Summary: Exposition of Acts 2:1-13 about the moving of the Spirit of God on Pentecost

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Text: Acts 2:1-13, Title: The Explosion of the Spirit, Date/Place: NRBC, 5/27/07, AM

A. Opening illustration: Read portions of the accounts of the Great Awakenings in the 1730’s from Edwards

B. Background to passage: As you know the disciples have been waiting and praying for 10 days on the promise of Jesus. They were gathered together in a room in one accord looking for what Jesus had said would come. And being a fairly controversial passage of scripture, or rather intensely debated and variously interpreted, I want you to keep three things in mind that are the context of what takes place today. First, Jesus told them that the Spirit would come from the Father after his departure and would testify of Him (John 15:26). Second, Jesus told them that when the Spirit came, they would be endued with power in order to be witnesses to Me (Acts 1:8). Third, the Pentecost was a feast of the gathering of the firstfruits of wheat, and so God’s timing was perfect. So the two overarching jobs of the Spirit are to witness to Christ, and empower others to witness. Next week we will take a long look at the filling of the Spirit and speaking in tongues.

C. Main thought: So in our text this morning we will look at the Spirit’s coming, and the implications for us

A. It was supernatural (v. 2-3)

1. The coming of the Spirit was accompanied by signs and wonders that were meant to indicate its supernatural origin and supervision. Suddenly gives us the grand truth that the Spirit comes when He is sent by God. No indication here that the believers were praying for the Spirit. The Gr and Hb words for wind and spirit are both the same, so it is natural that the sound heard was like a mighty rushing wind. Then with cloven tongues of fire, the Spirit visibly manifested himself upon the 120.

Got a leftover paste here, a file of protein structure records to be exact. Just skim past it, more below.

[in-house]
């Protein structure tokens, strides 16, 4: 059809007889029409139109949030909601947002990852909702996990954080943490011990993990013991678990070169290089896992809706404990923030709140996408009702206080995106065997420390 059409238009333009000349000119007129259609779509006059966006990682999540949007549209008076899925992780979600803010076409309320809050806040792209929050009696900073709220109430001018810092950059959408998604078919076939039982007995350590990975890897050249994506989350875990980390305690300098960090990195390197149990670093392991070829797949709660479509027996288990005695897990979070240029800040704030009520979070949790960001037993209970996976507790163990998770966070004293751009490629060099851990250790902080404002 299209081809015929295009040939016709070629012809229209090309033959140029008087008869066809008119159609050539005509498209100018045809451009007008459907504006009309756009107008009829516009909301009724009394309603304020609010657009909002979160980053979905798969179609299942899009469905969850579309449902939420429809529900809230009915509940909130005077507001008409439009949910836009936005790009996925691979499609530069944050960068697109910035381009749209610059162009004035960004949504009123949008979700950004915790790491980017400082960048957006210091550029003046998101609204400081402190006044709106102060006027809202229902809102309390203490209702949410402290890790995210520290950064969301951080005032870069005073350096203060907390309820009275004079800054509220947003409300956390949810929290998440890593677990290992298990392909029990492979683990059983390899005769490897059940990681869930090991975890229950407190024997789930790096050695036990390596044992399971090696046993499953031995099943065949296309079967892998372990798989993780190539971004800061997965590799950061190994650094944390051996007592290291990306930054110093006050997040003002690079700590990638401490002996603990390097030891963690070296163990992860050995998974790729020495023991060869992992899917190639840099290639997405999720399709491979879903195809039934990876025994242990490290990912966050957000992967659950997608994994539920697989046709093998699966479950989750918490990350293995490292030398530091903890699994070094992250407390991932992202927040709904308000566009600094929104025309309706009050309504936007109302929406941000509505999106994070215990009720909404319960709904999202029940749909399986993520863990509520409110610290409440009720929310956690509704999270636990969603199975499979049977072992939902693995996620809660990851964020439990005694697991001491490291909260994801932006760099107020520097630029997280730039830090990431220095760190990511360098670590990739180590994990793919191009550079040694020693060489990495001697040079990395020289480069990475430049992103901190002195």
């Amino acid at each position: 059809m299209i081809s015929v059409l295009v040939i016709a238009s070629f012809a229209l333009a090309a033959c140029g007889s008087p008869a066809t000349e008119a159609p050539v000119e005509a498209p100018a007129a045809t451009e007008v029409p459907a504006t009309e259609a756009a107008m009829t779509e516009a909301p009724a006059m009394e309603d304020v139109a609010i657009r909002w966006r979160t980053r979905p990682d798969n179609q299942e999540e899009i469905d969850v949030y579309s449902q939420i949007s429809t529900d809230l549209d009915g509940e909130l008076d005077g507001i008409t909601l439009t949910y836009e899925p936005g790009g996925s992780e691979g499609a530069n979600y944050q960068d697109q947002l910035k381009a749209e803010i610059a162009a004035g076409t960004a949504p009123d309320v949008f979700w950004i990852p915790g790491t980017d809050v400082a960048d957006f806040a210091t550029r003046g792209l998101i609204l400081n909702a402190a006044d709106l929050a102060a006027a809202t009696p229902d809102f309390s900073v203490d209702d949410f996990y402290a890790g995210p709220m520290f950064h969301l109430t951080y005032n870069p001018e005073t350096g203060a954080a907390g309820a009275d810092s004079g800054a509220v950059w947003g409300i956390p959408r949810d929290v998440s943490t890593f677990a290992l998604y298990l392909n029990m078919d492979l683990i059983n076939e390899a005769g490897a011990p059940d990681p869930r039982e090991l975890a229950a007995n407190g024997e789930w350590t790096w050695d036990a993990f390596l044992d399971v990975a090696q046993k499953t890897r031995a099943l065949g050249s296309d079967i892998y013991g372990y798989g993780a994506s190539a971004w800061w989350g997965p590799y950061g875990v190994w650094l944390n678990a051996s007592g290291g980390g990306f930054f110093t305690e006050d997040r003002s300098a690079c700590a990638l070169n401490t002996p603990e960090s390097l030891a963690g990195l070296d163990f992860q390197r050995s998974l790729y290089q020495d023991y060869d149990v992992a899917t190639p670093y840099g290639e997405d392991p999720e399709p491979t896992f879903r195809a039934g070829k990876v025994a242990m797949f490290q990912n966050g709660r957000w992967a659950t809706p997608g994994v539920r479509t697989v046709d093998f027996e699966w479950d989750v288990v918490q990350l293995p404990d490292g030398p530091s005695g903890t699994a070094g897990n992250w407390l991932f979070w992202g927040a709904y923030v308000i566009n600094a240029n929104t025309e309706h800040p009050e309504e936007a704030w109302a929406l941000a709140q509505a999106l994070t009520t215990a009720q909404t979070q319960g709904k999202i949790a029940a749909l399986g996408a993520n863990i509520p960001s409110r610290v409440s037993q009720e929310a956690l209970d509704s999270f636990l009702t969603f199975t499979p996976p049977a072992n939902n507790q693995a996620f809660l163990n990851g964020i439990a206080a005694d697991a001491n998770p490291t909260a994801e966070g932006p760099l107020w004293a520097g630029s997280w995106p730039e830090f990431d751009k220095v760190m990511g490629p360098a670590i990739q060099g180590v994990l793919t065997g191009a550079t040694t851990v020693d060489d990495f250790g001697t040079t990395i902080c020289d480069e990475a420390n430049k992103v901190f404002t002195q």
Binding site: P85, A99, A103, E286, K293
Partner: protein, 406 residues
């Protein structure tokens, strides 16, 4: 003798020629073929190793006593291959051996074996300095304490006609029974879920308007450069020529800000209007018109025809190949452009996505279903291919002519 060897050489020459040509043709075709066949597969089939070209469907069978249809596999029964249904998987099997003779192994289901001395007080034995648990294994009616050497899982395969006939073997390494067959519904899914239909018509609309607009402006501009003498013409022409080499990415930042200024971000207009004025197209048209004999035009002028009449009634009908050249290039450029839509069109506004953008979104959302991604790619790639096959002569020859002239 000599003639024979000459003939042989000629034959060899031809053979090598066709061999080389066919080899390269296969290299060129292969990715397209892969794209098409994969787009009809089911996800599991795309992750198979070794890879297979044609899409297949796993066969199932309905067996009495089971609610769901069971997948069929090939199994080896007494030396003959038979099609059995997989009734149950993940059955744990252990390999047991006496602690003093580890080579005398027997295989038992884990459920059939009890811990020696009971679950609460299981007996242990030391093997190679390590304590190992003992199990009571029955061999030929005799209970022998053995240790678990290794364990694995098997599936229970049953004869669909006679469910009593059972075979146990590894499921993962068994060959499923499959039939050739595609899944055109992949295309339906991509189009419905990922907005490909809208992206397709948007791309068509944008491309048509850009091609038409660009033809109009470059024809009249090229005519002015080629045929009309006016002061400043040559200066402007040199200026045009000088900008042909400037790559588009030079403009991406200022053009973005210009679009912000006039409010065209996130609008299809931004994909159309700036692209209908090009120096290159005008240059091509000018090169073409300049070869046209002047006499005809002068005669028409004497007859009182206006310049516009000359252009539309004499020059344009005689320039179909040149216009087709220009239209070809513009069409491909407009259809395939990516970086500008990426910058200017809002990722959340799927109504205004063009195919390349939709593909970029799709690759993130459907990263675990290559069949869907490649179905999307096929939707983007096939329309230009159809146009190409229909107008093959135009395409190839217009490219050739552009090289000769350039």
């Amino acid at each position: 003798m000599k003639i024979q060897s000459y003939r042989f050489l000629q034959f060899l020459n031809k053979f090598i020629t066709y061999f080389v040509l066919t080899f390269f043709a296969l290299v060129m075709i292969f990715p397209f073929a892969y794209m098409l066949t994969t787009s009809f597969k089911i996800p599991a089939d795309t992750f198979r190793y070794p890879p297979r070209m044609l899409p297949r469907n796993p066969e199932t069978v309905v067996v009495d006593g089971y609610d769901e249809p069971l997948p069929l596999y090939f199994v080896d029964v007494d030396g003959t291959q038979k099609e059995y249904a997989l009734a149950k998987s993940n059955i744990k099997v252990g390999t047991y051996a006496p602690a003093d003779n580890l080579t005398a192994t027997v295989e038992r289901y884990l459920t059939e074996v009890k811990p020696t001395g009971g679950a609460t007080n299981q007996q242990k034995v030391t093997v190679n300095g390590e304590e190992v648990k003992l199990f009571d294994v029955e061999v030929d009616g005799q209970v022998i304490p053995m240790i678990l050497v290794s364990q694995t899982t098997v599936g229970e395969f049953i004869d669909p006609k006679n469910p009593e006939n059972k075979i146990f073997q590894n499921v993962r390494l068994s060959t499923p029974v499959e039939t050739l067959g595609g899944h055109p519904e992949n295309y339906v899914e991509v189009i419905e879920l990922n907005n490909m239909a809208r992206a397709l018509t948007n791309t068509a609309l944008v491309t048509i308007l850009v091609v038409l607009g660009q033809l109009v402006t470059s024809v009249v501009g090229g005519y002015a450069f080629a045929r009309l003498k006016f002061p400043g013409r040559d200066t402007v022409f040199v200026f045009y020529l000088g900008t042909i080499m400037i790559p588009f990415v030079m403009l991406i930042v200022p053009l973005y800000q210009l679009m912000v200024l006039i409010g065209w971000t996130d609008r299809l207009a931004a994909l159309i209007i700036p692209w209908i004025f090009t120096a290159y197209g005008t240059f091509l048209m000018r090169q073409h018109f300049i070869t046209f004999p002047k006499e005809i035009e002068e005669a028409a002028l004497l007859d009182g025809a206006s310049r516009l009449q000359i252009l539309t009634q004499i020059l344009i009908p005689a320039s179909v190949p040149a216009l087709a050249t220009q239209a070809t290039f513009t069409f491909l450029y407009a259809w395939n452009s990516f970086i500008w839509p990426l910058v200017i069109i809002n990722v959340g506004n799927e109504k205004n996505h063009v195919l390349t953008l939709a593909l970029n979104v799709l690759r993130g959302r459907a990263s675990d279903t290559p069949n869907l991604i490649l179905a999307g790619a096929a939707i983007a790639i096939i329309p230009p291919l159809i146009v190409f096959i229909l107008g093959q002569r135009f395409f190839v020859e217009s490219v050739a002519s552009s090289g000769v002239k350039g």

2. Ezek 3:12-13, 37:9-10, Matt 3:11, 1 Thess 1:5, 1 Cor 2:4

3. Illustration: “The supernatural is the native air of Christianity,” “Thousands of clergy and laity lack the manifestation of the supernatural power of God in their lives because they are afraid to trust God completely,” –Leslie Summeral, the joke that if the Spirit left, some churches wouldn’t know it,

4. We can’t look upon Acts 2 as something that happened a long time ago, never to be repeated. But we must look at it as an indication of the Spirit’s power in the life of our church today. It is pretty consistent throughout history and scripture that the Spirit moves in special seasons of mercy. Acts 2 is a good pattern for revival in our day. How does it happen? The Spirit comes and moves among us. Another question that arises is: if we are those that claim to have a relationship with a supernatural being, claim to be indwelt by the Holy Spirit, how is it that we meet weekly, and rarely ever see anything supernatural? Shouldn’t the church be a hub of extraordinary activity? It is not only something for the first couple of centuries of the church. And it wouldn’t have to be fire on our heads or supersonic booms, but what if we prayed for those that persecuted us, or love one another unconditionally?

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